: New talks on oil pollution could end indigenous blockade of Amazonian river in Peru

New talks on oil pollution could end indigenous blockade of Amazonian river in Peru

Thu November 10th, 2016

An indigenous protest over oil pollution in the Peruvian Amazon — which is blocking boat traffic on the Marañón River, a crucial transportation route — could move toward a solution in the coming days, with a meeting between protesters and Cabinet ministers.

by Barbara Fraser

An indigenous protest over oil pollution in the Peruvian Amazon — which is blocking boat traffic on the Marañón River, a crucial transportation route — could move toward a solution in the coming days, with a meeting between protesters and Cabinet ministers.

But in a November 3 letter, Fernando Zavala, who heads the Cabinet, made lifting the river blockade a condition for the meeting. Photos posted by protesters on social media show river boats and barges moored along the riverbank, unable to go upriver or down.

The government delegation could include the ministers of justice, culture and health, according to a November 6 letter to the protest leaders from Rolando Luque, who heads the government office that deals with social conflicts.

Leaders of the communities involved in the protest were meeting November 6 and 7 to discuss the proposal.

The flurry of correspondence between the protesters and government officials followed an initial negotiating sessionOctober 11 and 12 in the village of Saramurillo, on the bank of the Marañón.

A state of emergency declared for two districts in Loreto, the region most affected by the pollution and the protests, fell short of the protesters’ demands. The regional official in charge of civil defense said the government’s ability to respond was hampered by the river blockade.

Pastor Dahua, president of the community of Monterrico, dips a stick into oil from a pipeline spill reported on September 25. Photo © Barbara Fraser.

Pastor Dahua, president of the community of Monterrico, dips a stick into oil from a pipeline spill reported on September 25. Photo © Barbara Fraser.

Indigenous leaders have insisted on meeting with Peruvian President Pedro Pablo Kuczynski or some of his Cabinet ministers, arguing that lower-level officials lack the authority to make binding decisions.

“We’re tired of endless discussions,” said José Fachín, 35, a Kichwa law student who serves as adviser to the leaders of the five indigenous organizations heading the protest.

During the October talks, the protesters demanded that a state of emergency be declared in the districts of Urarinas and Parinari, where a series of oil spills have occurred since 2014 along a crude pipeline operated by the state-run oil company Petroperú.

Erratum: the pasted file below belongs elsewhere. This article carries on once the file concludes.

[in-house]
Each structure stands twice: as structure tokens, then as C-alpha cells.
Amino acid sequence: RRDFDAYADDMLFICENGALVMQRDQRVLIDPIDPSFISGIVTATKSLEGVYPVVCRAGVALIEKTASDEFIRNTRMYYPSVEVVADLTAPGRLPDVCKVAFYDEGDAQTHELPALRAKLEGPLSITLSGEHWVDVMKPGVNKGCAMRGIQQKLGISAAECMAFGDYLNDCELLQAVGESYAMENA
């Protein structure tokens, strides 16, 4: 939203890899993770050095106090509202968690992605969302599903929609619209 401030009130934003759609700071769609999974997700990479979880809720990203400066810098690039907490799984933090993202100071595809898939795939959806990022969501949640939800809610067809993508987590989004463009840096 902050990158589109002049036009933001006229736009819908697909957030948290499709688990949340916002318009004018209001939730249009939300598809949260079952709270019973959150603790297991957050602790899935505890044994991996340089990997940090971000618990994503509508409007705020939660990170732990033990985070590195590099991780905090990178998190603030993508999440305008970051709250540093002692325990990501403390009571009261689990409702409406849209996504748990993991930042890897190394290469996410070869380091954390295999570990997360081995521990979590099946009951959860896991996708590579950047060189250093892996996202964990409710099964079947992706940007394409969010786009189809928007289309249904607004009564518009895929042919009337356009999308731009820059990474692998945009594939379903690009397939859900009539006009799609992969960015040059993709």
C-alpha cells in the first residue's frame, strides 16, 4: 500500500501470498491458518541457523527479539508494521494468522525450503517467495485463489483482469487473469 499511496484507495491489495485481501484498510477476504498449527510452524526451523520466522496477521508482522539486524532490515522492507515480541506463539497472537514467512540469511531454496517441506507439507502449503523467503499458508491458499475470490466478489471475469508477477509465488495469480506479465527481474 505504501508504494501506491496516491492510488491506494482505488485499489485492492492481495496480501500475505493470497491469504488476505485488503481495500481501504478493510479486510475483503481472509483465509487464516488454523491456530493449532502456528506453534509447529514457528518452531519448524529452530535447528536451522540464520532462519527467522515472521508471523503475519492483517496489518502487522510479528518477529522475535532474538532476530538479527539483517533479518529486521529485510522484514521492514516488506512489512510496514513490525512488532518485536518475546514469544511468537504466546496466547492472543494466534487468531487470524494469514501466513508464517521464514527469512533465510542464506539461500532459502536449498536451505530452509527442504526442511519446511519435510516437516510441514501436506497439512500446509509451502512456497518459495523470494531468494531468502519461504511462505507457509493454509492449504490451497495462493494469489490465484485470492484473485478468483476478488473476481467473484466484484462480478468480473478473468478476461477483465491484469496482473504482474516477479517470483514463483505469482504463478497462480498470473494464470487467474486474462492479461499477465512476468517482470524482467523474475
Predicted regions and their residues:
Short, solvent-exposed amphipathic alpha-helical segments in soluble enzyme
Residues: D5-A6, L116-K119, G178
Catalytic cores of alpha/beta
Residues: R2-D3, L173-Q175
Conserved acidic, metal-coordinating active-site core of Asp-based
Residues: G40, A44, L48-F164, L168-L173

But the emergency decree issued on October 29 covered only nine communities downstream from spills that occurred in the community of Nueva Alianza on August 19 and October 22. Those communities will receive drinking water and food assistance for 10 days, according to Alfredo Carrasco, director of national defense for the Loreto regional government.

It does not include either Nueva Alianza or Monterrico, two communities where spills occurred. Nor does it include 6 de Julio or Naranjal, in the district of Lagunas, where spills occurred after the October meeting.

Officials from the regional health, agriculture, environment, and civil defense offices planned to travel to Nueva Alianza on November 3 to assess further needs, but the trip was suspended because of the river blockade, Carrasco said.

The state of emergency came after an exchange of letters between government officials and the protesters following the October meeting.

On October 21, the government responded to the seven-point agenda that the indigenous organizations had presented during the talks.

Those demands include repair or replacement of the aging Petroperú pipeline, remediation of polluted sites and compensation for the affected communities, an environmental monitoring law, and a “truth commission” to study the impacts of decades of poorly regulated oil operations that have left more than 1,000 polluted sites in indigenous territories in five watersheds.

The protesters also called for a review of the contract with Argentinian-based Pluspetrol, which continues to operate the oil field known as Block 8.

When Pluspetrol’s lease expired in the block formerly known as 1AB, now Block 192, the company pulled out in 2015 without remediating polluted sites in the Pastaza, Corrientes, and Tigre watersheds. Communities located in Block 8, which overlaps the Corrientes and Chambira rivers, fear it could do the same when its lease there expires.

The indigenous leaders received a 10-page response summarizing the positions of various government agencies, without specific plans. They replied on October 25 with a three-page letter signed by at least 30 community presidents, in which they criticized “the limited action and attention to the underlying problems” in the communities.

Indigenous protesters stand guard along the riverbank in the community of Saramurillo, in Peru’s lower Marañón River Valley. Photo © Barbara Fraser.

Indigenous protesters stand guard along the riverbank in the community of Saramurillo, in Peru’s lower Marañón River Valley. Photo © Barbara Fraser.

 

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